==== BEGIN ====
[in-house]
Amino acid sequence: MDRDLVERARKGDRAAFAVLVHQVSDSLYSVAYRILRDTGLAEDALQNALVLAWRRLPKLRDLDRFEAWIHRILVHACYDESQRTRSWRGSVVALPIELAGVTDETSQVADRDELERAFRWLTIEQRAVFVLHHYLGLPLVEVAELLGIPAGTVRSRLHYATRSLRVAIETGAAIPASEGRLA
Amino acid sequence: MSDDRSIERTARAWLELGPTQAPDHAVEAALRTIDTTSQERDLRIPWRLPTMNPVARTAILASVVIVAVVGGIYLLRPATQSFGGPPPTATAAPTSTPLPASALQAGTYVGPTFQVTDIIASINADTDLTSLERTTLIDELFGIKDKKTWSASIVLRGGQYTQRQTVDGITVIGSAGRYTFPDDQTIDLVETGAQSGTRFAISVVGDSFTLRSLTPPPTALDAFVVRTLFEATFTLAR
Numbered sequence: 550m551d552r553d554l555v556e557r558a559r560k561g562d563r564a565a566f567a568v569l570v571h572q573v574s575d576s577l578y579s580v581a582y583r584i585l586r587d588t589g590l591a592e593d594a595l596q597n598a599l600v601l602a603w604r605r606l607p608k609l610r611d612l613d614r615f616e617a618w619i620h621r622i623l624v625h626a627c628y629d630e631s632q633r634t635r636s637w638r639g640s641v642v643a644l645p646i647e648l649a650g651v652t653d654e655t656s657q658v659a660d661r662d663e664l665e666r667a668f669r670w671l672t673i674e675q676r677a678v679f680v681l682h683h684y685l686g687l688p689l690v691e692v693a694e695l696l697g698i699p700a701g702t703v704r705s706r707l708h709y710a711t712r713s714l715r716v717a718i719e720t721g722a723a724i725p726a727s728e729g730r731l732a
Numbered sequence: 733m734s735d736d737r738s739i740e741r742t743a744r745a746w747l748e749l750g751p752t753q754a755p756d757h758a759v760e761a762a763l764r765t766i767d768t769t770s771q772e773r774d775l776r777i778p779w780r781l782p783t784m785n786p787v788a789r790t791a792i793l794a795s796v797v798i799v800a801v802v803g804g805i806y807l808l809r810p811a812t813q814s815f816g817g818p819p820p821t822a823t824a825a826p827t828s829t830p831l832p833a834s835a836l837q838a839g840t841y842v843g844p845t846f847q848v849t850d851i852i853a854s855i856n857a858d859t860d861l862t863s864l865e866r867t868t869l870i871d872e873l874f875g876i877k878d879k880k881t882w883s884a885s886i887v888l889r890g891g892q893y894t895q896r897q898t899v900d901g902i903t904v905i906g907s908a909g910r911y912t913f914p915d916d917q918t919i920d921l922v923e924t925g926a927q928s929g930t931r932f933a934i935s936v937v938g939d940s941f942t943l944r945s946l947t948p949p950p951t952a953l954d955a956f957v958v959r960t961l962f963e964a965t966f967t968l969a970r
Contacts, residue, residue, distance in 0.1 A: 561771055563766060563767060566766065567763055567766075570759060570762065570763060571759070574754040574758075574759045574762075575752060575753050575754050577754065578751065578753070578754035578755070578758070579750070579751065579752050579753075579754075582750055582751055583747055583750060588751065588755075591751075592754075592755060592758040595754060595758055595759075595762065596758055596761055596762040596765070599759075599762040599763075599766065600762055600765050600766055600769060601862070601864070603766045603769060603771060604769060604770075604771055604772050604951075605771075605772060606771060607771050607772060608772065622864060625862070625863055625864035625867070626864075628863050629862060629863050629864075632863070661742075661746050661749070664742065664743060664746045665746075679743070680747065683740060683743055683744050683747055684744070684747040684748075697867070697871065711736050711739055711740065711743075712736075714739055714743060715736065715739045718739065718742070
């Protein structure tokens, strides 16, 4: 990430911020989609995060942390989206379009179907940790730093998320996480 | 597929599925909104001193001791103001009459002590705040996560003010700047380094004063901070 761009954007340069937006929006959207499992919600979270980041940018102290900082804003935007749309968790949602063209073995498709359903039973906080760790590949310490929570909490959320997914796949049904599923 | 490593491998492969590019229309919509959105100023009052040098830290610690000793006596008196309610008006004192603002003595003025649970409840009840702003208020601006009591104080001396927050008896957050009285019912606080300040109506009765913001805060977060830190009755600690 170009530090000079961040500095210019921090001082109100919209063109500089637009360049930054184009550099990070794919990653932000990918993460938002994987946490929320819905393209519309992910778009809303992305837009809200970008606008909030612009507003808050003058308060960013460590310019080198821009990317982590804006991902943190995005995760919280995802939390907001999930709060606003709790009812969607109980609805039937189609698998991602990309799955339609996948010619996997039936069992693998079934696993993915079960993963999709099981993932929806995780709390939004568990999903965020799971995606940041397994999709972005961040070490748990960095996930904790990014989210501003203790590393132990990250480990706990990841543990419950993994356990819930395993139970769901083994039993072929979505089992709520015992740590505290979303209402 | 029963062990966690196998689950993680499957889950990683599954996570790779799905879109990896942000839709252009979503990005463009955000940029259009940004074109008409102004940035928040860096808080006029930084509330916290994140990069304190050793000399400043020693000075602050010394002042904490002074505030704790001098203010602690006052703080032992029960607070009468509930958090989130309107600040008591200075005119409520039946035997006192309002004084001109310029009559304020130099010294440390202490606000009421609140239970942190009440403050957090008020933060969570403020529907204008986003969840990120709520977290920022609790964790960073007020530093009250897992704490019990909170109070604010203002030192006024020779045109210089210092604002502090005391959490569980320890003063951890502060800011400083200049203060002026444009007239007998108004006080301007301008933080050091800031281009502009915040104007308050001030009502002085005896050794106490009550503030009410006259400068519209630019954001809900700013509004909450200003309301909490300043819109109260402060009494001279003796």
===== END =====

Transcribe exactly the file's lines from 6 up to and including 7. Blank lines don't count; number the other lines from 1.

Contacts, residue, residue, distance in 0.1 A: 561771055563766060563767060566766065567763055567766075570759060570762065570763060571759070574754040574758075574759045574762075575752060575753050575754050577754065578751065578753070578754035578755070578758070579750070579751065579752050579753075579754075582750055582751055583747055583750060588751065588755075591751075592754075592755060592758040595754060595758055595759075595762065596758055596761055596762040596765070599759075599762040599763075599766065600762055600765050600766055600769060601862070601864070603766045603769060603771060604769060604770075604771055604772050604951075605771075605772060606771060607771050607772060608772065622864060625862070625863055625864035625867070626864075628863050629862060629863050629864075632863070661742075661746050661749070664742065664743060664746045665746075679743070680747065683740060683743055683744050683747055684744070684747040684748075697867070697871065711736050711739055711740065711743075712736075714739055714743060715736065715739045718739065718742070
């Protein structure tokens, strides 16, 4: 990430911020989609995060942390989206379009179907940790730093998320996480 | 597929599925909104001193001791103001009459002590705040996560003010700047380094004063901070 761009954007340069937006929006959207499992919600979270980041940018102290900082804003935007749309968790949602063209073995498709359903039973906080760790590949310490929570909490959320997914796949049904599923 | 490593491998492969590019229309919509959105100023009052040098830290610690000793006596008196309610008006004192603002003595003025649970409840009840702003208020601006009591104080001396927050008896957050009285019912606080300040109506009765913001805060977060830190009755600690 170009530090000079961040500095210019921090001082109100919209063109500089637009360049930054184009550099990070794919990653932000990918993460938002994987946490929320819905393209519309992910778009809303992305837009809200970008606008909030612009507003808050003058308060960013460590310019080198821009990317982590804006991902943190995005995760919280995802939390907001999930709060606003709790009812969607109980609805039937189609698998991602990309799955339609996948010619996997039936069992693998079934696993993915079960993963999709099981993932929806995780709390939004568990999903965020799971995606940041397994999709972005961040070490748990960095996930904790990014989210501003203790590393132990990250480990706990990841543990419950993994356990819930395993139970769901083994039993072929979505089992709520015992740590505290979303209402 | 029963062990966690196998689950993680499957889950990683599954996570790779799905879109990896942000839709252009979503990005463009955000940029259009940004074109008409102004940035928040860096808080006029930084509330916290994140990069304190050793000399400043020693000075602050010394002042904490002074505030704790001098203010602690006052703080032992029960607070009468509930958090989130309107600040008591200075005119409520039946035997006192309002004084001109310029009559304020130099010294440390202490606000009421609140239970942190009440403050957090008020933060969570403020529907204008986003969840990120709520977290920022609790964790960073007020530093009250897992704490019990909170109070604010203002030192006024020779045109210089210092604002502090005391959490569980320890003063951890502060800011400083200049203060002026444009007239007998108004006080301007301008933080050091800031281009502009915040104007308050001030009502002085005896050794106490009550503030009410006259400068519209630019954001809900700013509004909450200003309301909490300043819109109260402060009494001279003796």